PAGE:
“It’s true that the bishop is responsible for callings, but there’s more to it,” Brother Skinner said. “Members of the ward council actually initiate most callings in a ward. They have a need or a vacancy, consider who could do the best job, pray about it, and then recommend to the bishop that a particular person be called. After considering other ward needs and the individual’s situation, you and the bishop work it out through a process of negotiation, desperation and inspiration. In contrast, when someone joins the church in most wards, the missionaries and ward mission leader just dump him on the bishop’s doorstep and say, in essence, ‘Give this convert a calling,’ and walk away. The problem is that bishops are busy, and it often takes them several weeks to decide upon and issue the calling. In our mission, on average, only 40% of new converts are in church on the fourth Sunday after baptism. The 60% aren’t all inactive yet, but by the time the bishop is ready to extend the call, they have begun attending only sporadically. When this happens they often don’t get a calling at all because we can’t rely on them. Historically in our stake more than half of new converts never have been given a calling – and it’s usually for this reason.
Brother Skinner continued, “Most bishoprics keep a list of callings in the ward, and which of those positions are not filled. They often give one of these unfilled callings to a new convert – and often these callings aren’t filled for a reason: they aren’t very important. Most of these are not good assignments for new members. An ideal calling for a new member has five characteristics:
1. It helps the new member feel needed and important in the ward.
2. It is straightforward and well structured – not amorphous.
3. It requires the new member to attend church on Sunday
4. It entails working alongside other members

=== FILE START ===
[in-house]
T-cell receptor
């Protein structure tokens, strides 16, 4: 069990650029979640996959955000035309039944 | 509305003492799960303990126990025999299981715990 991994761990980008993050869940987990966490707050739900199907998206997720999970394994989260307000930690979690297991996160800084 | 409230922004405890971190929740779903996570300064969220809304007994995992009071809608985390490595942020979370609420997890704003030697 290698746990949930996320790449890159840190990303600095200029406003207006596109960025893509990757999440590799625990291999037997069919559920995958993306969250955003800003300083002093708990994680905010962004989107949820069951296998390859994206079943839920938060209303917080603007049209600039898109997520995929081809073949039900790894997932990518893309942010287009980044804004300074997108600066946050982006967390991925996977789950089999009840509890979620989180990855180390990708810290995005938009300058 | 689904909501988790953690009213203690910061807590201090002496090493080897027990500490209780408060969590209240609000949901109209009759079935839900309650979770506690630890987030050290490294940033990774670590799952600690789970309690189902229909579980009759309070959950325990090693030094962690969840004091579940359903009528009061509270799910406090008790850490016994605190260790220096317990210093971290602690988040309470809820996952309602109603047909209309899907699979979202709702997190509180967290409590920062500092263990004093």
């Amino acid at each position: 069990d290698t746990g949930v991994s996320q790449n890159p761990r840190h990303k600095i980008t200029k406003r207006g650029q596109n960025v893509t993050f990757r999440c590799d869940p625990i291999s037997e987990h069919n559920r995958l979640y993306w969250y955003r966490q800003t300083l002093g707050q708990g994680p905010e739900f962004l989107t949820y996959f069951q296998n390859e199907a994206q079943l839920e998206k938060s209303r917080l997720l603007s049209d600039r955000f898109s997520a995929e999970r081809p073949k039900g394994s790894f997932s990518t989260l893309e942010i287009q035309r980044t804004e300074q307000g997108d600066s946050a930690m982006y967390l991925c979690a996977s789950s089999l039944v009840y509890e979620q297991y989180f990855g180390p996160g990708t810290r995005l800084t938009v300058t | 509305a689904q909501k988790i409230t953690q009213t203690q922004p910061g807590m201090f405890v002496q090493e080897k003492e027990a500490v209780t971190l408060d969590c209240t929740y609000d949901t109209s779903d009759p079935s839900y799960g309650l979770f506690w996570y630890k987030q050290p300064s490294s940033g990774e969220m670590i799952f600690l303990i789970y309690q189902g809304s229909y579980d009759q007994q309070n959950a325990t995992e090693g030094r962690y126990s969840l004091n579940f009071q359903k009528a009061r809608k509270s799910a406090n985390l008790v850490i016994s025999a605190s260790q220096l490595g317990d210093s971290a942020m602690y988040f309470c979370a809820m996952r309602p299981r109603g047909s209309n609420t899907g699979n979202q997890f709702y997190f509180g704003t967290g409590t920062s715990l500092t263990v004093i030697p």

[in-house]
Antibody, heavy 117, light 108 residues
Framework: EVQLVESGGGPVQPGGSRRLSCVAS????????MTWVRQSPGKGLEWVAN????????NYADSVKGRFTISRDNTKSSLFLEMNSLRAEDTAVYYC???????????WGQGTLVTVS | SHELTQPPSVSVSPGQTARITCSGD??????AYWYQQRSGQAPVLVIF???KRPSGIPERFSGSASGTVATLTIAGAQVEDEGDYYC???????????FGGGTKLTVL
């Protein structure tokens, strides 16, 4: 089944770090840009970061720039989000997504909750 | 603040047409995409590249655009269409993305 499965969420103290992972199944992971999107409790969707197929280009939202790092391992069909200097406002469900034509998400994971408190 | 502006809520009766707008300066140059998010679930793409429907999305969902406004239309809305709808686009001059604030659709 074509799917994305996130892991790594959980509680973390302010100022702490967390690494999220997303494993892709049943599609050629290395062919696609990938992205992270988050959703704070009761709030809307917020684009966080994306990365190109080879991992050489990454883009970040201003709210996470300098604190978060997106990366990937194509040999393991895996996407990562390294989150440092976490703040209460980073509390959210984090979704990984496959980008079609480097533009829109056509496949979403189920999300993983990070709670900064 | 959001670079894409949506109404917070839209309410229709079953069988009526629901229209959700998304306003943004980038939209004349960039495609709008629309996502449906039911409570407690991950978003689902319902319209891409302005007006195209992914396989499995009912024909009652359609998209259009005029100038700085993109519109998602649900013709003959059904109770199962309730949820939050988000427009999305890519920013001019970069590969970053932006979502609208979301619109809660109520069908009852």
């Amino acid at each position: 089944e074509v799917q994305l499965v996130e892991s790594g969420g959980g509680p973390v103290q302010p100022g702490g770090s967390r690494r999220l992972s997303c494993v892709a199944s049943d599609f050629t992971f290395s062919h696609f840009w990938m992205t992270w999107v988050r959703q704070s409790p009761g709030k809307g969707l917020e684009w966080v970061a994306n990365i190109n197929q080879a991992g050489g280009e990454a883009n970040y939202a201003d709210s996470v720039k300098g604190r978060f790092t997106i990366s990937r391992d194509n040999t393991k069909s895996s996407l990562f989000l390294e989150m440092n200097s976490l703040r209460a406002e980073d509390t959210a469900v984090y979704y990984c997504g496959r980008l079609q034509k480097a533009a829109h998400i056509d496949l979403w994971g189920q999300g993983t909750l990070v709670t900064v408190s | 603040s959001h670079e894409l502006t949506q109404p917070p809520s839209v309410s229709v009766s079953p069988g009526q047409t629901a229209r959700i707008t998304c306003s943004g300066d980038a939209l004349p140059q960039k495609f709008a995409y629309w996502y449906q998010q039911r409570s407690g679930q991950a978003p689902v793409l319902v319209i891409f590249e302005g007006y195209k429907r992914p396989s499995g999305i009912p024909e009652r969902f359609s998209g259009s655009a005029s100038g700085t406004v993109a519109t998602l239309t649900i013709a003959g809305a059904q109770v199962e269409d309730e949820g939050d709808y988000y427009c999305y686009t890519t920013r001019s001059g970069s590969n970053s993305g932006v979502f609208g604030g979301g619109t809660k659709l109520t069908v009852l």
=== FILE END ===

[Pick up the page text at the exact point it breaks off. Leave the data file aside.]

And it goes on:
5. Service in the calling requires the new member to read the scriptures and learn the gospel.
“For example, a calling as a member of the activities committee conforms only to characteristic #4. But a calling as assistant gospel essentials class teacher meets all five criteria – it is a perfect assignment for a new member. Very few callings on the traditional list have all of these characteristics. Rather than trying to fit new members into traditional callings, busy bishops should delegate to ward mission leaders the responsibility to tailor a responsibility that is suited to each investigator as he or she approaches baptism, and to recommend it to the bishop. This requires that the ward mission leader add or subtract elements of the job, sometimes in creative ways, to make it match as closely as possible these five characteristics.”
“I think we’ve got the basic idea. You’re saying that we shouldn’t let the responsibility be independent of friends and of nourishment in the good word of God. We can build all three into the responsibility, right?” Bishop Hawkes queried. When Brother Skinner nodded, Bishop Hawkes said, “Let’s start doing it right now, Rich. This needs to be part of our ward mission plan.”
From that point onward, the process worked well, most of the time. Rich Adams formulated a calling for each potential member aged 12 and older, and after prayerfully consulting the Lord Bishop Hawkes extended the calling at the time he interviewed them for baptism. Those few new members listed in the Appendix who are shown not having a calling all had declined the assignment when Bishop Hawkes extended it. Though he couldn’t make every assignment conform perfectly to these criteria, Rich Adams was creative as he shaped these assignments. Debbie Glass, for example, was called as Relief Society chorister. This had characteristics 1, 2 and 3 built into it. To add characteristic 4 (work alongside other members) they modified the calling, asking Debbie to phone a different sister every week to ask what her favorite hymn was. The Relief Society would then sing that hymn the next Sunday, and Debbie got to know another person every week. To add characteristic 5 to her job, Debbie was asked to study the scriptural reference given at the bottom of the page for the selected hymn, and to explain its meaning to the sisters before they sang it.
Other Members in the Convert’s Living Situation